Public health officials have released two new statewide surveys showing the vast majority of Oregonians are wearing a face mask while in public — but some flout medical guidelines and continue to gather in large social groups.
On Oct. 8, the Oregon Health Authority released a new survey of 1,000 Oregonians by DHM research, showing that 84% of state residents wear face masks "indoors in public nearly all the time."
Some 75% of respondents wash their hands at the same frequency, and 89% are "very willing" to quarantine if they learned they were infected by COVID-19.
Compliance on some rules is less widespread. Only six in 10 — 65% — are very willing to share their personal information with a contact tracer.
Two-thirds says they have gathered outside — in a backyard, porch or park — and 52% have gathered with friends inside a house. A similar percentage have traveled more than an hour away.
Four in 10 Oregonians have eaten in a restaurant, but only 9% have attended a religious service. Seven percent have patronized a bar, and just 2% have attended a protest.
"These results show that nearly all Oregonians understand it's important to wear a mask," said Oregon Health Authority Director Patrick Allen. "But fewer Oregonians believe they're at risk of getting sick and too many people are socializing indoors in bigger groups."
He continued: "It's hard to sustain the changes we've all had to make in our lives to keep ourselves and others safe from COVID-19. But we won't be able to prevent more infections, and get more schools and businesses open in Oregon, until more people act with urgency and avoid the social super-spreader gatherings that have driven COVID-19 transmission and disease in Oregon."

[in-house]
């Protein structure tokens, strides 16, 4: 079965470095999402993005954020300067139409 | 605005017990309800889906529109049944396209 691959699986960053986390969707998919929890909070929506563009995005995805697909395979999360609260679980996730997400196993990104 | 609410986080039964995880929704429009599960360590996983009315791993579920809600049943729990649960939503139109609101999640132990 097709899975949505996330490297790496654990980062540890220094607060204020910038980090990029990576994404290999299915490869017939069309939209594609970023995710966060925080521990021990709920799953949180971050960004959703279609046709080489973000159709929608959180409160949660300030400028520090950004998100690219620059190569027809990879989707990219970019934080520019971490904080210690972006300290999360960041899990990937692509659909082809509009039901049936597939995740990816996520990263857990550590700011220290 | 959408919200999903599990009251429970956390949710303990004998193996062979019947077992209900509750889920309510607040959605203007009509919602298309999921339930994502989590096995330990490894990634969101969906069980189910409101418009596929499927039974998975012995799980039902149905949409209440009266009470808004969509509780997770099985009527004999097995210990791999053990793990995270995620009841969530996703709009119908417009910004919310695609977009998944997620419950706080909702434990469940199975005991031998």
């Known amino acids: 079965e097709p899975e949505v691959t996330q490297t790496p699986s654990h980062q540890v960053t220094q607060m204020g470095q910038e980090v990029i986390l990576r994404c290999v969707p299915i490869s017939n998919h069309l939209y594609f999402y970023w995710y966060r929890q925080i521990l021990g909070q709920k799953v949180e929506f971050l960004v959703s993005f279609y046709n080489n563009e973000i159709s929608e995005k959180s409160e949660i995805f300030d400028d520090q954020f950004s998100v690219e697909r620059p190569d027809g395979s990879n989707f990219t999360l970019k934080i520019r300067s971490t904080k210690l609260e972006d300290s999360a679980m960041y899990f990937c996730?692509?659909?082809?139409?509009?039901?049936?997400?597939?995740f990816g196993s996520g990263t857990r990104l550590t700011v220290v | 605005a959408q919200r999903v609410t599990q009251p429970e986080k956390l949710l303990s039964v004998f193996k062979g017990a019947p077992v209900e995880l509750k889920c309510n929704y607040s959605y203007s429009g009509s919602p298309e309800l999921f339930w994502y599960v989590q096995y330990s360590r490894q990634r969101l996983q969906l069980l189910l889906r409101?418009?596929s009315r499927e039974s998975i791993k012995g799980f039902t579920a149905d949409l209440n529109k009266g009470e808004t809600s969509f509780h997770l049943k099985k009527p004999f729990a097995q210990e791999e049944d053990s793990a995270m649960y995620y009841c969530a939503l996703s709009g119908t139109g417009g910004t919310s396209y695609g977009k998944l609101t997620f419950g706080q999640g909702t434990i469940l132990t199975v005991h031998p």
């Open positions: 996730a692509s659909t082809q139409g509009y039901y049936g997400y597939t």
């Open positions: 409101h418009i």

Conservatives and those living outside the metro area both reported an average of 7.2 social gatherings per two weeks, while liberals and those living in the Portland region reported much fewer social outings, just 4.1 and 4.6 gatherings per two weeks, respectively.
Only 42% of Oregonians are very worried about the COVID-19 situation in Oregon, the survey says.
The DHM poll was conducted by phone and "text to online" to 1,009 Oregonians between Aug. 27 and Sept. 11, with an oversample of 400 residents of color. The margin of error is 3.1%.
Additionally, Lara Media Services surveyed 468 Latinos — finding that 2% of surveyed Spanish speakers are "very worried" someone they lived with would get sick with COVID-19. Fewer Latinos are willing to share intimate details with a contact tracer.
Follow me on Twitter
You count on us to stay informed and we depend on you to fund our efforts. Quality local journalism takes time and money. Please support us to protect the future of community journalism.